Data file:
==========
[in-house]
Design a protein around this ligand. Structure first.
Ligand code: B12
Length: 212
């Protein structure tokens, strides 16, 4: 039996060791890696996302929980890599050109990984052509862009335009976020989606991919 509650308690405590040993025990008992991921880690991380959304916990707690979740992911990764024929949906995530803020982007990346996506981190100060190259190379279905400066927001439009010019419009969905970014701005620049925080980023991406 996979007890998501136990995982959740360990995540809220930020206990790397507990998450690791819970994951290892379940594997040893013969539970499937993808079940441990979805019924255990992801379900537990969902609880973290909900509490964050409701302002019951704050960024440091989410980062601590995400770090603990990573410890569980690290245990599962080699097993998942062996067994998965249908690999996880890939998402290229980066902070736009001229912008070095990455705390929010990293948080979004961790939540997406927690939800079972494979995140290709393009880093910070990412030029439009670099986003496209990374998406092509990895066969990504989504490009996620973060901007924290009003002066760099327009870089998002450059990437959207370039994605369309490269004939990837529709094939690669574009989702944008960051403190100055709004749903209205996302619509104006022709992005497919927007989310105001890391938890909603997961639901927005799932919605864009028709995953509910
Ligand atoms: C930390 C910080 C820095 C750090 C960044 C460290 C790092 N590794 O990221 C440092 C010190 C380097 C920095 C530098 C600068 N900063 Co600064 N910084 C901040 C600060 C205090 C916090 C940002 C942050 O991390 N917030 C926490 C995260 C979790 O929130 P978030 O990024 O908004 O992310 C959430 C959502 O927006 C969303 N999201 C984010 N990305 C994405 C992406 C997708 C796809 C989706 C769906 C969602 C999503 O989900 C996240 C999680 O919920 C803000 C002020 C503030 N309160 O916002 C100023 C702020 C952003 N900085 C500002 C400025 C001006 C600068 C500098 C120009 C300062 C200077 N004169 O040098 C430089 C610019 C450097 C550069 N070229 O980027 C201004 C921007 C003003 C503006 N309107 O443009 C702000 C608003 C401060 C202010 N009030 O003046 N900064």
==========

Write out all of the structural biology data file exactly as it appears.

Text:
[in-house]
Design a protein around this ligand. Structure first.
Ligand code: B12
Length: 212
């Protein structure tokens, strides 16, 4: 039996060791890696996302929980890599050109990984052509862009335009976020989606991919 509650308690405590040993025990008992991921880690991380959304916990707690979740992911990764024929949906995530803020982007990346996506981190100060190259190379279905400066927001439009010019419009969905970014701005620049925080980023991406 996979007890998501136990995982959740360990995540809220930020206990790397507990998450690791819970994951290892379940594997040893013969539970499937993808079940441990979805019924255990992801379900537990969902609880973290909900509490964050409701302002019951704050960024440091989410980062601590995400770090603990990573410890569980690290245990599962080699097993998942062996067994998965249908690999996880890939998402290229980066902070736009001229912008070095990455705390929010990293948080979004961790939540997406927690939800079972494979995140290709393009880093910070990412030029439009670099986003496209990374998406092509990895066969990504989504490009996620973060901007924290009003002066760099327009870089998002450059990437959207370039994605369309490269004939990837529709094939690669574009989702944008960051403190100055709004749903209205996302619509104006022709992005497919927007989310105001890391938890909603997961639901927005799932919605864009028709995953509910
Ligand atoms: C930390 C910080 C820095 C750090 C960044 C460290 C790092 N590794 O990221 C440092 C010190 C380097 C920095 C530098 C600068 N900063 Co600064 N910084 C901040 C600060 C205090 C916090 C940002 C942050 O991390 N917030 C926490 C995260 C979790 O929130 P978030 O990024 O908004 O992310 C959430 C959502 O927006 C969303 N999201 C984010 N990305 C994405 C992406 C997708 C796809 C989706 C769906 C969602 C999503 O989900 C996240 C999680 O919920 C803000 C002020 C503030 N309160 O916002 C100023 C702020 C952003 N900085 C500002 C400025 C001006 C600068 C500098 C120009 C300062 C200077 N004169 O040098 C430089 C610019 C450097 C550069 N070229 O980027 C201004 C921007 C003003 C503006 N309107 O443009 C702000 C608003 C401060 C202010 N009030 O003046 N900064």